The film was a massive success commercially, maintaining a U.S. record for the highest grossing R-rated film. Critically it was more mixed, with some championing it as a masterpiece of art others maligning it. Viewers were similarly polarized, many criticizing the anti-Semitic nature of the plot.
When critics and audiences alike were unrelenting in criticizing the racism of the film, Gibson became very angry, resulting in a few breakdowns and moments when unfortunate things were said, significantly reducing his persona in the eyes of the public.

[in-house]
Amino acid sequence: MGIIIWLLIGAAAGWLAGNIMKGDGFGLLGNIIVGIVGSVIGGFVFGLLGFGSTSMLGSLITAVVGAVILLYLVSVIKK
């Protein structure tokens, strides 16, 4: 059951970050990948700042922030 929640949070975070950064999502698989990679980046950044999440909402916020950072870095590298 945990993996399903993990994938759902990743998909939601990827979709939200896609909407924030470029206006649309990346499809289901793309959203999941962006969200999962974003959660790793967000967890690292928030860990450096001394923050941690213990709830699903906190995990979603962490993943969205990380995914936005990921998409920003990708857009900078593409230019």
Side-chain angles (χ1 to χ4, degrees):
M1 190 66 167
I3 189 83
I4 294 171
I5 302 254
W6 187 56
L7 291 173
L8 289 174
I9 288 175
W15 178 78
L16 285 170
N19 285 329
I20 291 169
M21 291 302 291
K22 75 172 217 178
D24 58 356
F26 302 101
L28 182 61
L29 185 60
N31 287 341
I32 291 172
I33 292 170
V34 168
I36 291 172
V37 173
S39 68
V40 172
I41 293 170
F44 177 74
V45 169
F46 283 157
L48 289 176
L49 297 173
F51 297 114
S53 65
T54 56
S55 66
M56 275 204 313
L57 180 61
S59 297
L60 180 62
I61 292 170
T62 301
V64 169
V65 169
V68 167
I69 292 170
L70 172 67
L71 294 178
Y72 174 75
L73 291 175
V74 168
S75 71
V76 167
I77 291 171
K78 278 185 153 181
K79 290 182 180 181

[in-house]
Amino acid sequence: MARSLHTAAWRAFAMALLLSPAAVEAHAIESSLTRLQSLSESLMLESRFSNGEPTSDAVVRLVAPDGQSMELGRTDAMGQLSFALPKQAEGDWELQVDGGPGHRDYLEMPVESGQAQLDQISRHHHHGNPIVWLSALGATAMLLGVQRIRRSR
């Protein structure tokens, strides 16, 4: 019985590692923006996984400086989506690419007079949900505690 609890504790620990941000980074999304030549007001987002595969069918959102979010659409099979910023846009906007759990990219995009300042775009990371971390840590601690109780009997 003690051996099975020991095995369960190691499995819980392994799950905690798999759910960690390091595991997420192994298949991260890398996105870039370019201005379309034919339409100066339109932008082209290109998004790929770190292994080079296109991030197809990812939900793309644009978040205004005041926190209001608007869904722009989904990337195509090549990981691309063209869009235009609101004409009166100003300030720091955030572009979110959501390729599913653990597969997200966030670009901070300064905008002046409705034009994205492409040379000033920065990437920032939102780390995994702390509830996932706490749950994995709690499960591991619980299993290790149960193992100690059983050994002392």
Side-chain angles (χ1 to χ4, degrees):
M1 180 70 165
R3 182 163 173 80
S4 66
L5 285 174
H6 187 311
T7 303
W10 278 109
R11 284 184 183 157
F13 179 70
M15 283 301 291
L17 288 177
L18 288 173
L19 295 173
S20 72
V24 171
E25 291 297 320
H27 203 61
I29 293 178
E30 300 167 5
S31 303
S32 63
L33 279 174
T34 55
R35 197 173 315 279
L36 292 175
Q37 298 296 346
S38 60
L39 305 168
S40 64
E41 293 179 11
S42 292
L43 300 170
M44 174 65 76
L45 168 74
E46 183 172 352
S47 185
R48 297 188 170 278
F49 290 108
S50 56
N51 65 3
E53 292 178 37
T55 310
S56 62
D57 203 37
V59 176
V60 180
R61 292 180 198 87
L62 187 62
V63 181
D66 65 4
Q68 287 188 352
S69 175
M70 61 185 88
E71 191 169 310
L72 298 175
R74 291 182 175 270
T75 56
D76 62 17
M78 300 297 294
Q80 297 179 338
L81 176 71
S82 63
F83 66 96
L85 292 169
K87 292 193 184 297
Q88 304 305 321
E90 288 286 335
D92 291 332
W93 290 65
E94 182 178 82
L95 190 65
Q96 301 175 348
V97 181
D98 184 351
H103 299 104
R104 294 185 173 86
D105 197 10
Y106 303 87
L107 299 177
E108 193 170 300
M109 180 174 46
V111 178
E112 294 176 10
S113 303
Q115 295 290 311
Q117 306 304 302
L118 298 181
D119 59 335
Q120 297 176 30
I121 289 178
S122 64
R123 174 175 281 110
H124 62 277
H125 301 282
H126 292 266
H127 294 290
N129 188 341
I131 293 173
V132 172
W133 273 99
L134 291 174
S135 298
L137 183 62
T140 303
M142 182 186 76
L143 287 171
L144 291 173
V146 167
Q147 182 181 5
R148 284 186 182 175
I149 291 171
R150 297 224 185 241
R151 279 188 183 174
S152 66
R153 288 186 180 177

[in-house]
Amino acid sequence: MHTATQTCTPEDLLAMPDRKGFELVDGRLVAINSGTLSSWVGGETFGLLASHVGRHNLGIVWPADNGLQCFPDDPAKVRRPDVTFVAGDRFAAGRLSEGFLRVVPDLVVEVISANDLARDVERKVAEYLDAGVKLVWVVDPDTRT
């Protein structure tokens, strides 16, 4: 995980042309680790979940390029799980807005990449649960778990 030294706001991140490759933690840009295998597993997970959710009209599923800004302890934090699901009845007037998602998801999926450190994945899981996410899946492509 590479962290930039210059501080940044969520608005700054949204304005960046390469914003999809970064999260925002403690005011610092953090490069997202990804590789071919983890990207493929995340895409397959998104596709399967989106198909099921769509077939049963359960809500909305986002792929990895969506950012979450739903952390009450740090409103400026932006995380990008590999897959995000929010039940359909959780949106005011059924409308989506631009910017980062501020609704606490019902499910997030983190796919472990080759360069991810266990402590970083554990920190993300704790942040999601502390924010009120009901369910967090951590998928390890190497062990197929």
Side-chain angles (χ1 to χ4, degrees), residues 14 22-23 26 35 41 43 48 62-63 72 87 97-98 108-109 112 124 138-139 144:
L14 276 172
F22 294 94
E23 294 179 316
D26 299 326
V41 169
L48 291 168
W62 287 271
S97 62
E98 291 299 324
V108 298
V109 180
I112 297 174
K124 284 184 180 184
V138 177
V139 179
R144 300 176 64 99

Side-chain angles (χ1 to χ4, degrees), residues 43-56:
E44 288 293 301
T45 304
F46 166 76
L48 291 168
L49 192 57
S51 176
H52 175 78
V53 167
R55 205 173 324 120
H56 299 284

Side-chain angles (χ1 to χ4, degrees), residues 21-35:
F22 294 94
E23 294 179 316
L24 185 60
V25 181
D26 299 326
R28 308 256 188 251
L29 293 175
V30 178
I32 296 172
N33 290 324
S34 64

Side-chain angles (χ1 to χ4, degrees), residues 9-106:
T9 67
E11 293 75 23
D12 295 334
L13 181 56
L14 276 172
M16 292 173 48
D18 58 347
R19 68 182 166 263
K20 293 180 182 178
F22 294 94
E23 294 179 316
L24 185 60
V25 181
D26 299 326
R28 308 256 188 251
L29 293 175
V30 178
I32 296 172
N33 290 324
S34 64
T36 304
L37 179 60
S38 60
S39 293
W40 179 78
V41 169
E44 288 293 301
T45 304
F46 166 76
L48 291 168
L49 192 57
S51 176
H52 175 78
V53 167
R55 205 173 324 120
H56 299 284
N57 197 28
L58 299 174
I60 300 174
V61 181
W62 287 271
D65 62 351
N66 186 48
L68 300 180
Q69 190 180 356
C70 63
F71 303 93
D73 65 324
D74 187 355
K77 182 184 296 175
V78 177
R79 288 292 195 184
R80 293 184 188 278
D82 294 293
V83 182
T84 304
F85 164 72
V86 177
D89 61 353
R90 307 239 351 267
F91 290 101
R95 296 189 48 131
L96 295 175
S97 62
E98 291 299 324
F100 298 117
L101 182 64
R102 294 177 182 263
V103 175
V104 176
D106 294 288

10. Lady in the Water (M. Night Shyamalan, 2006)
Perhaps the most definitive filmmaker for this list’s topic, M. Night Shyamalan’s profile rose in Hollywood as fast as any director’s had when his breakthrough film The Sixth Sense captured audiences attentions and earned numerous Academy Award nominations, including Best Picture and Best Director.
He followed it up with another brilliant film, Unbreakable, and a handful of other decent films like Signs and The Village. It didn’t take long for people to notice, however, that all of Shyamalan’s films shared one distinct thing in common; they all featured twist endings that blew audiences minds. While the surprise factor was incredible in his first efforts, the more people noticed it the more ridiculous the twists seemed and it became more of a trope than a good plot.